1 Corinthians 14:1-17
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New Testament: 1 Corinthians 14:1-17
Summary: Prophecy and Tongues
Here, Paul illustrates his previous point about the uselessness of even the true gift apart from translation for the church to understand. If even inanimate musical instruments are expected to make sensible sounds, how much more should human speech make sense, especially when it deals with the things of God? 1 Corinthians 14:23
Paul simply points up the obvious: the purpose of every language is to communicate, not to impress, and certainly not to confuse, as the Corinthians had been doing with their counterfeits. That was clearly the point in the first instance of tongues when each heard the apostles speak in his own language (Acts 2:6, 1 Corinthians 14:8). This section makes an undeniable case for the fact that the true gift of tongues was never some unintelligible gibberish, but was human language that was to be translated (1 Corinthians 14:13).
From: ~ MacArthur Bible Commentary
Paul makes it clear that tongues, apart from utterances that are interpreted, are of no value to the church. For that matter, they bring no personal blessing to the speaker himself unless he understands what is being said (1Corinthians 14:14-15). Those who say that Christians should practice this gift in private ignore what Paul says here. In the first place, how can we edify the church if we use our spiritual gifts in private and not to serve others? And, second, if we do not understand what is being said, how can we profit from it ourselves? It is possible for the flesh and the devil to imitate spiritual gifts and lead a believer into a religion of shallow emotionalism instead of one of solid understanding and faith. This is not to deny the place of sincere emotions in the Christian life, for the fruits of the Spirit certainly involve the emotions (Galatians 5:22-23); these emotions, however, must be instructed by the mind and controlled by the will, or they will be destructive. From: Wiersbe’s Expository Outlines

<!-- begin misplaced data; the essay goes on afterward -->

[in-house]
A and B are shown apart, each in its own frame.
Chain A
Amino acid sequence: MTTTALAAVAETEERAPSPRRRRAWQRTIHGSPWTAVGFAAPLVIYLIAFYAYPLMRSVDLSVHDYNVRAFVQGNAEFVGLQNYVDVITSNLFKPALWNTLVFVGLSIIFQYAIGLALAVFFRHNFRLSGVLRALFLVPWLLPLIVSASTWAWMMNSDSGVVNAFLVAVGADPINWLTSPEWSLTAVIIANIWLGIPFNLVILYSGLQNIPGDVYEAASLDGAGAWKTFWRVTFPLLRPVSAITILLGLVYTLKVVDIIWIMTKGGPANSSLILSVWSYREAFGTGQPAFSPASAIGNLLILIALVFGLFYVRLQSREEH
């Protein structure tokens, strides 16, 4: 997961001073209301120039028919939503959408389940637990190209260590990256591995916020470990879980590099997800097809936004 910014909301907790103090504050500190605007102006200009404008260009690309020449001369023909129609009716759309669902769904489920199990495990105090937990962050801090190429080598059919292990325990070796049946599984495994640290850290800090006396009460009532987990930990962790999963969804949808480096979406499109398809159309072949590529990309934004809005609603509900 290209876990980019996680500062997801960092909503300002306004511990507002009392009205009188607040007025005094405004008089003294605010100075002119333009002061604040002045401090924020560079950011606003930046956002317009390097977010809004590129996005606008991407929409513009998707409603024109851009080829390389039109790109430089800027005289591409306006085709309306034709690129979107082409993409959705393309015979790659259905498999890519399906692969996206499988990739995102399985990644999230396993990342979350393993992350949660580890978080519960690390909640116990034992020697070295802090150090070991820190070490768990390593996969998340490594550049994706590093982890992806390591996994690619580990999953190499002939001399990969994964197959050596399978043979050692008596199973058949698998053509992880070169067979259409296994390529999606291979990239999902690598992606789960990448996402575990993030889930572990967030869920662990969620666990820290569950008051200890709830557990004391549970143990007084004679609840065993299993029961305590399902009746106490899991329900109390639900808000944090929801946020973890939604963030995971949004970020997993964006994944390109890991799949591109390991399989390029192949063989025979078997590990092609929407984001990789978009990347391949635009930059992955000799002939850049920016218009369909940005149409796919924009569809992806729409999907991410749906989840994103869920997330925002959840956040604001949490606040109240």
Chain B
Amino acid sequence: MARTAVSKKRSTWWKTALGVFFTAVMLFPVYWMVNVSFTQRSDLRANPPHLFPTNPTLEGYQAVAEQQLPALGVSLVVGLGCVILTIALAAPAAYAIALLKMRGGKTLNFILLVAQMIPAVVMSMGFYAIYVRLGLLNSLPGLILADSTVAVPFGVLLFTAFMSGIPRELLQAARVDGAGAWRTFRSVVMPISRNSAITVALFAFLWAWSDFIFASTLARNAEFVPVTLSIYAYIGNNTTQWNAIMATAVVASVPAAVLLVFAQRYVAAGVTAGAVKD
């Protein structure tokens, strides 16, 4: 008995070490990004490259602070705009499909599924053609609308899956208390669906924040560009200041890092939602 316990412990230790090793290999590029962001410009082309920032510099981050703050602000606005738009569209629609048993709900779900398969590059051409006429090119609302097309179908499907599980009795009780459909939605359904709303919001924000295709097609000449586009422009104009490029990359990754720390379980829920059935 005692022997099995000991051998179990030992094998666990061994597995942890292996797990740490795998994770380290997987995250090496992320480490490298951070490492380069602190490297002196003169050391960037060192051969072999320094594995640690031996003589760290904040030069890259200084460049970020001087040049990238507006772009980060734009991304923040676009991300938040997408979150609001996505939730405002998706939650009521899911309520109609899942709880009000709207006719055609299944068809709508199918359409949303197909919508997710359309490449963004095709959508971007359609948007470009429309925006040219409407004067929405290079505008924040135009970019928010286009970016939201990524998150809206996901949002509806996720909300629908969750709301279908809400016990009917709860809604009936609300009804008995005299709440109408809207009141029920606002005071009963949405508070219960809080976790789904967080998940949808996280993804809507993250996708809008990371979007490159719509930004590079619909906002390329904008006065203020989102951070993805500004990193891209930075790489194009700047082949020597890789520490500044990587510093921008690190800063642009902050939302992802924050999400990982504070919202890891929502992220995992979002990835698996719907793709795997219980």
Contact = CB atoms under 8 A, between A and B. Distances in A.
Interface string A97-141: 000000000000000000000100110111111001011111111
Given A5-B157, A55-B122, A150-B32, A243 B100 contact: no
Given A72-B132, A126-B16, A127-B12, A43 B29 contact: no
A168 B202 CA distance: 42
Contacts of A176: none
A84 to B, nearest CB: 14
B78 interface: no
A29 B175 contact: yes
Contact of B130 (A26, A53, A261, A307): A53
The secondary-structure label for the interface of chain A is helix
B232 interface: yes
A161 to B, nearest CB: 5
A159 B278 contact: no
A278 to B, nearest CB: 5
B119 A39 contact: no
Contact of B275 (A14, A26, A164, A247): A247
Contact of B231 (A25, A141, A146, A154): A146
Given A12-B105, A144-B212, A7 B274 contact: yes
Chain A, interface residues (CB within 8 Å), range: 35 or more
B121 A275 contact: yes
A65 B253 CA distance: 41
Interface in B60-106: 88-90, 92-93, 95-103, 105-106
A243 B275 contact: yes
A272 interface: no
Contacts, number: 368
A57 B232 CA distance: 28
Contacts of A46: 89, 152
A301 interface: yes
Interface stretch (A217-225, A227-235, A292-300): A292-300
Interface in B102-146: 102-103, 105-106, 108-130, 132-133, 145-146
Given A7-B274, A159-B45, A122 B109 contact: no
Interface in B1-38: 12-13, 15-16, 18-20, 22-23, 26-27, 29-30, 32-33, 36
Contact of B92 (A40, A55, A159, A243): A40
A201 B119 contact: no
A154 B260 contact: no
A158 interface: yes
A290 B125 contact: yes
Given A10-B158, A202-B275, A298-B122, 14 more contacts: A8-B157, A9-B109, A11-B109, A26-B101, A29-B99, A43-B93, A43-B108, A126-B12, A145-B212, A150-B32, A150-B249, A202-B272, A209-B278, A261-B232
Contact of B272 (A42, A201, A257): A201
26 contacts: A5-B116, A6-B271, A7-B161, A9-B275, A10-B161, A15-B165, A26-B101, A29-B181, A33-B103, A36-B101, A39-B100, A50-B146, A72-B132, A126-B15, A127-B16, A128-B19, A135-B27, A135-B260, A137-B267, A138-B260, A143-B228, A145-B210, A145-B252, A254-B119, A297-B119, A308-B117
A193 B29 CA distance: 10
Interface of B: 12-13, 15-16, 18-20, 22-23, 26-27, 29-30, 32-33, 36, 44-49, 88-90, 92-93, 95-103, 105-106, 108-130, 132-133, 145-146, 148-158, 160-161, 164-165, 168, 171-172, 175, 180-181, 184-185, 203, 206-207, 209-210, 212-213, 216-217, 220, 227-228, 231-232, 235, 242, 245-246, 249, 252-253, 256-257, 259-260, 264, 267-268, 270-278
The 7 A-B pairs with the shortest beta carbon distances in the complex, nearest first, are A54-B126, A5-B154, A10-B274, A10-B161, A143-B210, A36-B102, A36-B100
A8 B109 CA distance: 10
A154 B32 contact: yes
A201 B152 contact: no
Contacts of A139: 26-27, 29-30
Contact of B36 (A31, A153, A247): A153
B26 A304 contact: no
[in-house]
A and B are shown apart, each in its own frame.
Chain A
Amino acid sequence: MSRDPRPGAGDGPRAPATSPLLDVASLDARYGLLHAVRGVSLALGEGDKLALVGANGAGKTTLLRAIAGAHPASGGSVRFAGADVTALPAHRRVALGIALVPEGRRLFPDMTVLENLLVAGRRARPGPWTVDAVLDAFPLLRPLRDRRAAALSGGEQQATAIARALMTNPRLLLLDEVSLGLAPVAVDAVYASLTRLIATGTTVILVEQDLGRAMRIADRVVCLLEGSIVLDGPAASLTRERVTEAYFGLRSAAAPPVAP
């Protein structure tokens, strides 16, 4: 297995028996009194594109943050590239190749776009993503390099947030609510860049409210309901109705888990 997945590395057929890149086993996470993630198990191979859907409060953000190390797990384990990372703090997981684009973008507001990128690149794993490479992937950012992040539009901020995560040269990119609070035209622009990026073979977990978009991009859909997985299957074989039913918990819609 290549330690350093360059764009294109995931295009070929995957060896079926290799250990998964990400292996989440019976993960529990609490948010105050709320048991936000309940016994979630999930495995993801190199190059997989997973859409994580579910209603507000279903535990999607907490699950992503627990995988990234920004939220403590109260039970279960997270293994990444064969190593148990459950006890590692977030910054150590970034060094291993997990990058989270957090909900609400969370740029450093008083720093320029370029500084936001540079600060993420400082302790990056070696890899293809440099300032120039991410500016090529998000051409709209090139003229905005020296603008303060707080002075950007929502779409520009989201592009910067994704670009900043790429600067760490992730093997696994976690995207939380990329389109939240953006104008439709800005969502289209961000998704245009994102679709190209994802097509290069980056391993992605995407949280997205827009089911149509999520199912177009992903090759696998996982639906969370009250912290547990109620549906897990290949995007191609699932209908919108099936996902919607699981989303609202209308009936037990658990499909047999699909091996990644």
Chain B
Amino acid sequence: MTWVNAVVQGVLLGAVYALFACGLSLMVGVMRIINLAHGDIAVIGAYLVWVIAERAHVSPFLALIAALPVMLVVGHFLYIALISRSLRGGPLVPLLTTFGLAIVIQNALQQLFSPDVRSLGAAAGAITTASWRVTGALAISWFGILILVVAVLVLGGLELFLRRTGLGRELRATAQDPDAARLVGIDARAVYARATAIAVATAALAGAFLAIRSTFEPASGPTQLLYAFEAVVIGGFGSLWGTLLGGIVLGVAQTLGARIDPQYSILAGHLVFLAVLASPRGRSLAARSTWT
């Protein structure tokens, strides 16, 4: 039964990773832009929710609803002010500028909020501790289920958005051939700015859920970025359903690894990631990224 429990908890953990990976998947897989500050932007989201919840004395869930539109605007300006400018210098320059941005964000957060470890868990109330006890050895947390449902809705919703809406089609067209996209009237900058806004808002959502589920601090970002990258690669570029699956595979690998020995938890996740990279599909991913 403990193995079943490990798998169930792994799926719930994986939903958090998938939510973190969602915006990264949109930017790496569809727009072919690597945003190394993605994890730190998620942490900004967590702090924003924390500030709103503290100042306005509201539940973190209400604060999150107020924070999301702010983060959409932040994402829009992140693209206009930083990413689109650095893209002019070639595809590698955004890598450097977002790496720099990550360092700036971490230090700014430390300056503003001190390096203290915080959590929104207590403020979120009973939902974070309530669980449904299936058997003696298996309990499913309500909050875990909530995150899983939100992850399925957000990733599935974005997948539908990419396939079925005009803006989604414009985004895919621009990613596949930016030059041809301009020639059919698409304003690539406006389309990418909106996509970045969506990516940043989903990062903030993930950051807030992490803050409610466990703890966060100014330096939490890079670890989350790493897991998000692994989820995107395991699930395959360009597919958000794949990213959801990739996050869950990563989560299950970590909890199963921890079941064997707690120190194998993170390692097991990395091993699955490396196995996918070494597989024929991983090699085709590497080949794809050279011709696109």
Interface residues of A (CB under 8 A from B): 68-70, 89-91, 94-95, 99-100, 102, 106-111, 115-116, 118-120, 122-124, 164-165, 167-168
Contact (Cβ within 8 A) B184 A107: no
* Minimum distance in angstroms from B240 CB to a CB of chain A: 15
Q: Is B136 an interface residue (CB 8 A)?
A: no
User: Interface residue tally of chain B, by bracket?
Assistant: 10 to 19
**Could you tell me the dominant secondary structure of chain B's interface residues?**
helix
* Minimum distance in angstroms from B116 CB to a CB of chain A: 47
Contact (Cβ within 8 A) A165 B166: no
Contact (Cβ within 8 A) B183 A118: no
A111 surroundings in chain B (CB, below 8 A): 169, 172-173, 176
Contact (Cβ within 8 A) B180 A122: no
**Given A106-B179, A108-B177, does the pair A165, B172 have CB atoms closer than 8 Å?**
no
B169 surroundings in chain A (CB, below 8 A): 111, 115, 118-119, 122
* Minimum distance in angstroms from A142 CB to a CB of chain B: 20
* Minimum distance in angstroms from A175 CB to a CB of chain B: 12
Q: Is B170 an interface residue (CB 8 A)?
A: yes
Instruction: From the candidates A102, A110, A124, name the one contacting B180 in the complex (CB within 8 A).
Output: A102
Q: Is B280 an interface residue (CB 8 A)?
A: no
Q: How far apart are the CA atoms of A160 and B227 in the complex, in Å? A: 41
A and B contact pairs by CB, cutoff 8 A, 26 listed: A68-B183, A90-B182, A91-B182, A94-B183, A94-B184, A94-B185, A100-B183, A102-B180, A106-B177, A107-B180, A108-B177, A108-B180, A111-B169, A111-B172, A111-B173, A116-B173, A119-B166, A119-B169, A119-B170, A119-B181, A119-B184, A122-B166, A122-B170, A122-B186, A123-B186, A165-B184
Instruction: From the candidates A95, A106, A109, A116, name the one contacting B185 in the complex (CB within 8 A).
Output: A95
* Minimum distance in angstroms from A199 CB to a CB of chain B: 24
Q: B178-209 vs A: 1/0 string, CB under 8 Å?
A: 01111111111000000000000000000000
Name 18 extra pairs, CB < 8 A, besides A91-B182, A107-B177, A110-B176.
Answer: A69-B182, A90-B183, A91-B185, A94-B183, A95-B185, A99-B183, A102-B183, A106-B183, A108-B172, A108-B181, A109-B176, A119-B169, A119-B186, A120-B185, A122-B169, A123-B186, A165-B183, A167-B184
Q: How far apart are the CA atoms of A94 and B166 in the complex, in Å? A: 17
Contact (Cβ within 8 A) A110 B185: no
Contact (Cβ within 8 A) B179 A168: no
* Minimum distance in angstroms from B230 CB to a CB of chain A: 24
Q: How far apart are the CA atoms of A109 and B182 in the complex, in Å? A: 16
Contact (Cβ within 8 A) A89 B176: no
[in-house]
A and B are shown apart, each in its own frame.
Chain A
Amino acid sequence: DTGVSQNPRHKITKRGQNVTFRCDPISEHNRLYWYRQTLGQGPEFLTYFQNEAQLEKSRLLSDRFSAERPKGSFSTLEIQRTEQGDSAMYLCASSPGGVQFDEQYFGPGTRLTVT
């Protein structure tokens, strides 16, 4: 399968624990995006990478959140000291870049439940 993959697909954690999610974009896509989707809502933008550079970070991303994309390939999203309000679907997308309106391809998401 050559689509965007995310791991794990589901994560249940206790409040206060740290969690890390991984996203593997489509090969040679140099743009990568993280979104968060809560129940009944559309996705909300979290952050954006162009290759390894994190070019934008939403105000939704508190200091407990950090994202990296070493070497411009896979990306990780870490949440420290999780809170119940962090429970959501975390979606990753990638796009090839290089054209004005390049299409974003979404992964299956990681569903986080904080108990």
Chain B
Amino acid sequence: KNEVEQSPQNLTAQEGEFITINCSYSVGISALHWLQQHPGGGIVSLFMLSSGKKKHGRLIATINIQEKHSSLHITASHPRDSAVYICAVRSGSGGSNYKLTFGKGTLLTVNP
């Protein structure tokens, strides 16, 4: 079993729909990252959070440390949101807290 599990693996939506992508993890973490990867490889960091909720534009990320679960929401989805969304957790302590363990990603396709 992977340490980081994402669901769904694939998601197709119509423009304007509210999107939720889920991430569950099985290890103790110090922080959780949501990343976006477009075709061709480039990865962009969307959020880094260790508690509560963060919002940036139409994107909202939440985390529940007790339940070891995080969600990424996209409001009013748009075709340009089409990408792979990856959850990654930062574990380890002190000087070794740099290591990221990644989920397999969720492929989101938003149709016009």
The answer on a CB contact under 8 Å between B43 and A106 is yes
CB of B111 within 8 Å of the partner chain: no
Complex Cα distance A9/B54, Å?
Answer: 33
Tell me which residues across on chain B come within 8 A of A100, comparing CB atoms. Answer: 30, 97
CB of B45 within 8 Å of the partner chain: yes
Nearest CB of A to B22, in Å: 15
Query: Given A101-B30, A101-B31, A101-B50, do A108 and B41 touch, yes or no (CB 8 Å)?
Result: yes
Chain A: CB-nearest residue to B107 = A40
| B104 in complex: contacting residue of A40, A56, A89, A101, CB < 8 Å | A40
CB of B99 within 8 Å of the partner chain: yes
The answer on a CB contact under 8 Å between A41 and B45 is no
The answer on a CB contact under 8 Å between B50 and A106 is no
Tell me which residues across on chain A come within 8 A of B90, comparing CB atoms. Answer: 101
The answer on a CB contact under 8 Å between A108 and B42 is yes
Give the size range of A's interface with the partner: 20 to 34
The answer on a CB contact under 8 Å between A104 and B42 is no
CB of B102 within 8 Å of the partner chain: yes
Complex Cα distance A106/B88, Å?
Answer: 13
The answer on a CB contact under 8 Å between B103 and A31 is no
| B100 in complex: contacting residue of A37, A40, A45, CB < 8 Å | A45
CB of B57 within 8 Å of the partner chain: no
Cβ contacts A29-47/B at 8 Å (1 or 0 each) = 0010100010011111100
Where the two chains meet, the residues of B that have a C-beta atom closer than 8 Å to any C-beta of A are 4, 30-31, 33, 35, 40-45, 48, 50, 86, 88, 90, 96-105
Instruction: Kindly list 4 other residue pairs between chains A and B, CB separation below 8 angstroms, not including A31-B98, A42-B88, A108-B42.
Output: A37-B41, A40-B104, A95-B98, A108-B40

Why go to church? God’s people assemble for one purpose to worship God. They worship him by their praying and singing, teaching and preaching. And worship should result in glory to God, blessing for God’s people, and fear and conviction for sinners. But for these things to happen, Jesus Christ must be lord of our lives and we must yield to the Holy Spirit. If we come to church to display our spirituality, well, we’ll not only miss the blessing ourselves, but also cause others to miss the blessing, you see, we come to honor Him. A key word in this chapter is edification, which means building up. A worship service should lift up the Lord and build up the saints, not puff up the participants.